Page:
Who did and do the Chinese blame for the Opium Wars?

from Bernard Porter’s LRB article on  Julia Lovell’s The Opium War: Drugs, Dreams and the Making of China:

When it came to explaining their humiliations, the Chinese tended not to blame the invaders so much as themselves, or their Manchu rulers, or other Chinese. They were embarrassed by their own cowardice, scathing about their military leaders, suspicious of their compatriots (the Cantonese especially) for cosying up to the foreign traders, and constantly seeing traitors in their midst. They also blamed themselves for the opium trade: if corrupt local officials hadn’t been so willing to disregard the ban on its import, and the Chinese hadn’t wanted to smoke the stuff, it would not have gone on. China’s wounds were self-inflicted. ‘Worms only appear in a rotten carcass,’ was how one man put it in the 1860s. This seems to have been the usual Chinese reaction to the Opium Wars for years afterwards. ‘If a people is dispirited and stupid,’ Yan Fu wrote half a century later, ‘then the society will disintegrate, and when a society in disintegration encounters an aggressive, intelligent, patriotic people, it will be dominated.’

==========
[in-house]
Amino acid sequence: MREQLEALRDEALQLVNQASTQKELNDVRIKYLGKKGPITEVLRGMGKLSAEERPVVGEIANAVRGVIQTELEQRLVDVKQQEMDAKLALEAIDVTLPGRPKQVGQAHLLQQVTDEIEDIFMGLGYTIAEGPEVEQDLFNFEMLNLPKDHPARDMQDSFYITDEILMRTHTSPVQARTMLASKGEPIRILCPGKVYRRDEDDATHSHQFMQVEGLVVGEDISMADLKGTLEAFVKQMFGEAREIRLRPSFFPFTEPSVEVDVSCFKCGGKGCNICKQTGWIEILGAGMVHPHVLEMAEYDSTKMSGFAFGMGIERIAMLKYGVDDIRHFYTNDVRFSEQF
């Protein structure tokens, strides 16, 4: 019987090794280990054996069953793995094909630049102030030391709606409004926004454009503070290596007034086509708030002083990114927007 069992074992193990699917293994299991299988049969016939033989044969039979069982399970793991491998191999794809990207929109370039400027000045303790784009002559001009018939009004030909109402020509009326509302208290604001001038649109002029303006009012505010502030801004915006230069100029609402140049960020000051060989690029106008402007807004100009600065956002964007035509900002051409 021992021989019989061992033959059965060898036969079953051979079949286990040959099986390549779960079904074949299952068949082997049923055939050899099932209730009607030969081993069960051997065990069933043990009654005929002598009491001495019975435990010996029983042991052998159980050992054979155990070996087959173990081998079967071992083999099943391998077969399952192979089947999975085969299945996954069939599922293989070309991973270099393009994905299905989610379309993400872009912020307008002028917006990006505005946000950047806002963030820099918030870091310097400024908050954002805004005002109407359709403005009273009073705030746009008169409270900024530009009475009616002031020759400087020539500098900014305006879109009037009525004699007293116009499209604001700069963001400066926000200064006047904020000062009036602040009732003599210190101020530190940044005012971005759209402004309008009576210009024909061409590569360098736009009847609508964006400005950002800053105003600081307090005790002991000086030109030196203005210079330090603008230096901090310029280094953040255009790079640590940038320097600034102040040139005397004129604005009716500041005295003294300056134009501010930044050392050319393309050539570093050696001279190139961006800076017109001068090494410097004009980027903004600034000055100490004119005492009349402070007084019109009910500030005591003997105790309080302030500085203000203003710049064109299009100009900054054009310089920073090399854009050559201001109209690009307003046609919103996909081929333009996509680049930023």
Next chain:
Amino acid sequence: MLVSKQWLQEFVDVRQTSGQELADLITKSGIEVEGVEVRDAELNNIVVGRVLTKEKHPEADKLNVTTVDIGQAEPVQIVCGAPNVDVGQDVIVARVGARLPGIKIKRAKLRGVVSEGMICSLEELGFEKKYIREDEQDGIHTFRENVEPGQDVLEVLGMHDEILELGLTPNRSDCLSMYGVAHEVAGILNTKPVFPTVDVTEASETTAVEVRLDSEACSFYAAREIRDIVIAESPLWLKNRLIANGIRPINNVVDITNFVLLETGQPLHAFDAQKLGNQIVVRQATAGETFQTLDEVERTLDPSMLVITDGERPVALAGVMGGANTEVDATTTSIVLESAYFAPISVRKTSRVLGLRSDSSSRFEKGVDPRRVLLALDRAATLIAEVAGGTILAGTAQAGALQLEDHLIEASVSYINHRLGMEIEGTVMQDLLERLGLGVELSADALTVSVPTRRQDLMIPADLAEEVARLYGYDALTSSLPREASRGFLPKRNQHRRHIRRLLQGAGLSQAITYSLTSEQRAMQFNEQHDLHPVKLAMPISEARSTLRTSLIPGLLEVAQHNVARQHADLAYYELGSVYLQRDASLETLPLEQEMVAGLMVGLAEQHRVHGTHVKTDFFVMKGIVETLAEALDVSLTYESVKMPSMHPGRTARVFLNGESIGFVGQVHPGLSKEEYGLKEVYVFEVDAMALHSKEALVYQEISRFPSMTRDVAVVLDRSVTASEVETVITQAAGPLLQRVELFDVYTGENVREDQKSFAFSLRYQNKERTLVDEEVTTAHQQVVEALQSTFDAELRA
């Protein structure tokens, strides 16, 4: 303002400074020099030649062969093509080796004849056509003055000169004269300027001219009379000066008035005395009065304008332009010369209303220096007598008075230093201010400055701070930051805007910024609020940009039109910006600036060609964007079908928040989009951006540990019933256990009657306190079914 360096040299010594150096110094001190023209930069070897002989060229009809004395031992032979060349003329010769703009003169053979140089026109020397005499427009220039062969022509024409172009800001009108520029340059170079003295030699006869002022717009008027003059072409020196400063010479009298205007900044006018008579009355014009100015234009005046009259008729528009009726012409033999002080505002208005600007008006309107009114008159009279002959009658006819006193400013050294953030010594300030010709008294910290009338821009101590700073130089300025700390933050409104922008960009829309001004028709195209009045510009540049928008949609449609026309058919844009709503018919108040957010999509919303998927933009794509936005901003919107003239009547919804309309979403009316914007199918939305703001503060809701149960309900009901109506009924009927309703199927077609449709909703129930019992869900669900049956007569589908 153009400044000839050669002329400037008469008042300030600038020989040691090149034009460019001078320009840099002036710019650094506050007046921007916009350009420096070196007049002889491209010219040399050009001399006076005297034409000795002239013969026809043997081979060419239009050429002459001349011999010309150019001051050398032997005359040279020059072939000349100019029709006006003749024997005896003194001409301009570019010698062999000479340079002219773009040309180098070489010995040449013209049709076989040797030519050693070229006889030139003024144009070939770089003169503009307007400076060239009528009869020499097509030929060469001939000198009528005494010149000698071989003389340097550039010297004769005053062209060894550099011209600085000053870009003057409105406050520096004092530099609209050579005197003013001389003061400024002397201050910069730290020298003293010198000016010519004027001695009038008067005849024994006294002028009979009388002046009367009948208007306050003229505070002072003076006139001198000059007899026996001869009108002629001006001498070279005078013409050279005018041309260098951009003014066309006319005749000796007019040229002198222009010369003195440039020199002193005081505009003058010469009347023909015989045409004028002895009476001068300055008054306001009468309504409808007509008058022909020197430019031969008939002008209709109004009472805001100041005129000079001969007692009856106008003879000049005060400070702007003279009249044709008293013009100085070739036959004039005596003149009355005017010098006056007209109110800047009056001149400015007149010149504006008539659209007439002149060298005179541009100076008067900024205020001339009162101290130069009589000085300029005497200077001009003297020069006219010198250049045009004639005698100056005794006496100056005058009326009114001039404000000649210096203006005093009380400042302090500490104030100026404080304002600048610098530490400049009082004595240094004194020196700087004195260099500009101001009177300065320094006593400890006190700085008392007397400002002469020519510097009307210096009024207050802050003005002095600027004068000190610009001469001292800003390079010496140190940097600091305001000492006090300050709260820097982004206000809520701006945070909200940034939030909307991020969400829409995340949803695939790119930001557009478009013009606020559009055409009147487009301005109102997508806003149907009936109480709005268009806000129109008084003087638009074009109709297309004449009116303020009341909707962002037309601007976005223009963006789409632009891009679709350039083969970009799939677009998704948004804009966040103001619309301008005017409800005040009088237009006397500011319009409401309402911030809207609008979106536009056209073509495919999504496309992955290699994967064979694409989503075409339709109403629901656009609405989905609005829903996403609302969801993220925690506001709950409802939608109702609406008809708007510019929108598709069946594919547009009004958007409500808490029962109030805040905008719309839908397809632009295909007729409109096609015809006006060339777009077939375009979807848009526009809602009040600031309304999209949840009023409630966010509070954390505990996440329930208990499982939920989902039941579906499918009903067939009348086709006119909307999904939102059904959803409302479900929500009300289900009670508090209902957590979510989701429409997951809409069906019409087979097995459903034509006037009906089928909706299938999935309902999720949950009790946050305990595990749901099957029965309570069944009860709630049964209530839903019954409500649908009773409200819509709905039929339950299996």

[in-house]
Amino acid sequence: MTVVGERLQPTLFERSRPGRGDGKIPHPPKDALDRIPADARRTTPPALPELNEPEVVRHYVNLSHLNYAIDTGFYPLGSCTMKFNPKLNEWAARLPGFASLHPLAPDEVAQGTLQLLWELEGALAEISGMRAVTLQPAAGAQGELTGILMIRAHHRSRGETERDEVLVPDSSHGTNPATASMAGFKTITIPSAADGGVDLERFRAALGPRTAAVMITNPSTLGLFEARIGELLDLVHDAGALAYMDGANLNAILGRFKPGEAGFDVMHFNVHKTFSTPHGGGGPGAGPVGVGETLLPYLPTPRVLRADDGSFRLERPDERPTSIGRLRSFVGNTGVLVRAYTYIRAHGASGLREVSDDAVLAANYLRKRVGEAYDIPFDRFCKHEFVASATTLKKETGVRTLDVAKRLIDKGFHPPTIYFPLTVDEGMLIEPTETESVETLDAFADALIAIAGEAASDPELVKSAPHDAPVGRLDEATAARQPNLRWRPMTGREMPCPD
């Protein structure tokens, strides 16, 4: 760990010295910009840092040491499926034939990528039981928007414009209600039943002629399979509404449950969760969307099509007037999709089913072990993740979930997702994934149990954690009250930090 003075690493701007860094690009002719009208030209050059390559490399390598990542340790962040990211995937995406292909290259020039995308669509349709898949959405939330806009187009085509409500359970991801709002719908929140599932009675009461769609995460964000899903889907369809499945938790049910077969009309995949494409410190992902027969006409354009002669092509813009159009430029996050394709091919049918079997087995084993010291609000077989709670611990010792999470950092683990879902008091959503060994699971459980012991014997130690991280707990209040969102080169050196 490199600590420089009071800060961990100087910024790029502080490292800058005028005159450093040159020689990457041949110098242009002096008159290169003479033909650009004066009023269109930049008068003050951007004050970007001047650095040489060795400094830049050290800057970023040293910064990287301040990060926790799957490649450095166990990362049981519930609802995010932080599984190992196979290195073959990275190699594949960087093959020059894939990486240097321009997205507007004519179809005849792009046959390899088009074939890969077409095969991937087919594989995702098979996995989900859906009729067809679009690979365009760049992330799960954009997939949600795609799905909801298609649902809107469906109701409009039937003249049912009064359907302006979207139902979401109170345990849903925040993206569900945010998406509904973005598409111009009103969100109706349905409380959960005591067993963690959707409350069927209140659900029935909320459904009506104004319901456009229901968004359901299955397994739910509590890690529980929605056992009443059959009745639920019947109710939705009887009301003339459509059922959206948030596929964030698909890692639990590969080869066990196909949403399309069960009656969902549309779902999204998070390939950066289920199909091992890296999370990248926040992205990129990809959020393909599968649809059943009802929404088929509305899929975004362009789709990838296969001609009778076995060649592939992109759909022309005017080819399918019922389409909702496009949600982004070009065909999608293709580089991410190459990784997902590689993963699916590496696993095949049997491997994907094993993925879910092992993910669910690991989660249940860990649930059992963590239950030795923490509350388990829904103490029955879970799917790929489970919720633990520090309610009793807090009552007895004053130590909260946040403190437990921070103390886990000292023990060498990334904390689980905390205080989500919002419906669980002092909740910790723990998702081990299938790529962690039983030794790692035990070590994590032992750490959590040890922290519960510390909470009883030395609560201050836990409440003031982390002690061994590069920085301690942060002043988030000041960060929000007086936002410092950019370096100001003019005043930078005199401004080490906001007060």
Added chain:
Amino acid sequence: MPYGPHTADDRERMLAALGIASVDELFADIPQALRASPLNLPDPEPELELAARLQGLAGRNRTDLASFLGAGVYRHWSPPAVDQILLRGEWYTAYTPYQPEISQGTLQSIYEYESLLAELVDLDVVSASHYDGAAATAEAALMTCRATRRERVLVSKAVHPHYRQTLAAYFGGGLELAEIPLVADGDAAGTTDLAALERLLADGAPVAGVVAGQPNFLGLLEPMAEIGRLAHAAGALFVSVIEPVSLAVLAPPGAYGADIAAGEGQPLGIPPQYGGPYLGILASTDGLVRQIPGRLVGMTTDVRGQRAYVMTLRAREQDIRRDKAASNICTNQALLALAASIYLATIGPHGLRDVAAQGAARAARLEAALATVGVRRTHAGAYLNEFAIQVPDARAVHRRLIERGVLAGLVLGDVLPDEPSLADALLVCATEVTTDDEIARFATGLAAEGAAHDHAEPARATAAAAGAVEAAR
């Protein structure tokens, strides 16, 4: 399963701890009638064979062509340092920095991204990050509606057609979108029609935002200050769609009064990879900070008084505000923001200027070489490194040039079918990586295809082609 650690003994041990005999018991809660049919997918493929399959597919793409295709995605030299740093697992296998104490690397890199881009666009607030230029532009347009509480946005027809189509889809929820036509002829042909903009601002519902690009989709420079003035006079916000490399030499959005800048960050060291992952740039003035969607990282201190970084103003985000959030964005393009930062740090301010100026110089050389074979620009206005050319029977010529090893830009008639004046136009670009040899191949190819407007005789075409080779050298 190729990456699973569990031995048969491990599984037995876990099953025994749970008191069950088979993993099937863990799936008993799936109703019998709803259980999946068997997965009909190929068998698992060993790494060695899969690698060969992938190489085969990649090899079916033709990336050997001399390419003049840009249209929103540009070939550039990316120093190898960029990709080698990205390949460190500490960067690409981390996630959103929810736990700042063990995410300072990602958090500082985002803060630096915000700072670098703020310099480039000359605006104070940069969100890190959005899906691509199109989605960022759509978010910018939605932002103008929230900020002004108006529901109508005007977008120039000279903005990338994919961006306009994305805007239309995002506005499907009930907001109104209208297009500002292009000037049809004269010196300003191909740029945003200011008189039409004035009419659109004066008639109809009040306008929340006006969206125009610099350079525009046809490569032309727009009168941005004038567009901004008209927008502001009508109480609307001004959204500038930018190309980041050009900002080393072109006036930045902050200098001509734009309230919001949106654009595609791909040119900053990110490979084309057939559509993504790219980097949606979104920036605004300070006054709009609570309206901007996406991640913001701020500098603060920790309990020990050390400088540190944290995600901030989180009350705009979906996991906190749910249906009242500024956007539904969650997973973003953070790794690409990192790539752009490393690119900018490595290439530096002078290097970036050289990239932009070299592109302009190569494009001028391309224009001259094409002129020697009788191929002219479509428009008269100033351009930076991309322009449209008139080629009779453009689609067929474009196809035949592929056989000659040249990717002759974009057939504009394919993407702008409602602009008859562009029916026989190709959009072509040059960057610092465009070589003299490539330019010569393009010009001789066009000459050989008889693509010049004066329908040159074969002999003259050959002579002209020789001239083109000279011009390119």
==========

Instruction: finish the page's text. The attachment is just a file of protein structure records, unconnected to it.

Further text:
As for ‘revenge for wrongs inflicted’, we can only hope that the Chinese have forgiven us. There may be reasons for thinking they have. One of the most interesting findings in this book comes not from documentary evidence, but from conversations Lovell had with history teachers and pupils in Chinese schools. Officially the ‘patriotic’ line is that everything bad that has happened to China in the last 170 years, starting with the Opium Wars, is the fault of Western imperialism. Lovell sat in on a lesson on the subject. ‘Soon, the only way I could keep myself awake was by sitting at the back and keeping a count on all the students who had obviously fallen asleep.’ When it came to the class discussion, however, they all perked up: ‘We lost because we were too weak, too closed up’; ‘We had no backbone’; ‘Our weapons were three hundred years behind the West’; ‘We were too cowardly, too backward, too isolated.’ They were returning to the line their ancestors had taken in the 19th century. This may be one of the most remarkable and distinctive features of the Opium Wars: that both sides’ perceptions of them at the time, and historical memories of them since, are so inglorious.

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